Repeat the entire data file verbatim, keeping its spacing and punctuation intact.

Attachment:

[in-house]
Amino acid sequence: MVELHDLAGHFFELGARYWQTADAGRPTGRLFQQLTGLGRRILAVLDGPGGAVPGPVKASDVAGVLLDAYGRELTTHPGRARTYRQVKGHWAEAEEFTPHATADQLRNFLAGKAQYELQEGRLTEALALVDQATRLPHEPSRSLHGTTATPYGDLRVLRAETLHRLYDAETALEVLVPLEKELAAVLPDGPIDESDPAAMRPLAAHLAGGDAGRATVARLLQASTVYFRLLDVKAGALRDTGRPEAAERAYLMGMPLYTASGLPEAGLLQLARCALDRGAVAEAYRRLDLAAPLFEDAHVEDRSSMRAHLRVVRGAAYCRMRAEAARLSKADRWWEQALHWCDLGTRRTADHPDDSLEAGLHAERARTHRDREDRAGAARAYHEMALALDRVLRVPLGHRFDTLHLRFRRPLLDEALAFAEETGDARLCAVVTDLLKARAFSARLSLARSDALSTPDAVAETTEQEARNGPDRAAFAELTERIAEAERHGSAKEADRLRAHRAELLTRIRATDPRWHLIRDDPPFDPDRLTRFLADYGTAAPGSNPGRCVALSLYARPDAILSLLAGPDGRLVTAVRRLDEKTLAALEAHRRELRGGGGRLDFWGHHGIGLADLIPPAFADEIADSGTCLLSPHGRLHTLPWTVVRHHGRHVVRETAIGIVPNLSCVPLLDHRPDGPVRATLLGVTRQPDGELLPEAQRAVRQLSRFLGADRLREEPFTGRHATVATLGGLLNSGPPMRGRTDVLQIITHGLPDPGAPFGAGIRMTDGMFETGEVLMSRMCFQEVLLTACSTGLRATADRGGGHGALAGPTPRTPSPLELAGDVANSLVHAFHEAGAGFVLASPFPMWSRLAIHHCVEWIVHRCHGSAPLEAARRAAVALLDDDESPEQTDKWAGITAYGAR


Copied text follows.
[in-house]
Amino acid sequence: MVELHDLAGHFFELGARYWQTADAGRPTGRLFQQLTGLGRRILAVLDGPGGAVPGPVKASDVAGVLLDAYGRELTTHPGRARTYRQVKGHWAEAEEFTPHATADQLRNFLAGKAQYELQEGRLTEALALVDQATRLPHEPSRSLHGTTATPYGDLRVLRAETLHRLYDAETALEVLVPLEKELAAVLPDGPIDESDPAAMRPLAAHLAGGDAGRATVARLLQASTVYFRLLDVKAGALRDTGRPEAAERAYLMGMPLYTASGLPEAGLLQLARCALDRGAVAEAYRRLDLAAPLFEDAHVEDRSSMRAHLRVVRGAAYCRMRAEAARLSKADRWWEQALHWCDLGTRRTADHPDDSLEAGLHAERARTHRDREDRAGAARAYHEMALALDRVLRVPLGHRFDTLHLRFRRPLLDEALAFAEETGDARLCAVVTDLLKARAFSARLSLARSDALSTPDAVAETTEQEARNGPDRAAFAELTERIAEAERHGSAKEADRLRAHRAELLTRIRATDPRWHLIRDDPPFDPDRLTRFLADYGTAAPGSNPGRCVALSLYARPDAILSLLAGPDGRLVTAVRRLDEKTLAALEAHRRELRGGGGRLDFWGHHGIGLADLIPPAFADEIADSGTCLLSPHGRLHTLPWTVVRHHGRHVVRETAIGIVPNLSCVPLLDHRPDGPVRATLLGVTRQPDGELLPEAQRAVRQLSRFLGADRLREEPFTGRHATVATLGGLLNSGPPMRGRTDVLQIITHGLPDPGAPFGAGIRMTDGMFETGEVLMSRMCFQEVLLTACSTGLRATADRGGGHGALAGPTPRTPSPLELAGDVANSLVHAFHEAGAGFVLASPFPMWSRLAIHHCVEWIVHRCHGSAPLEAARRAAVALLDDDESPEQTDKWAGITAYGAR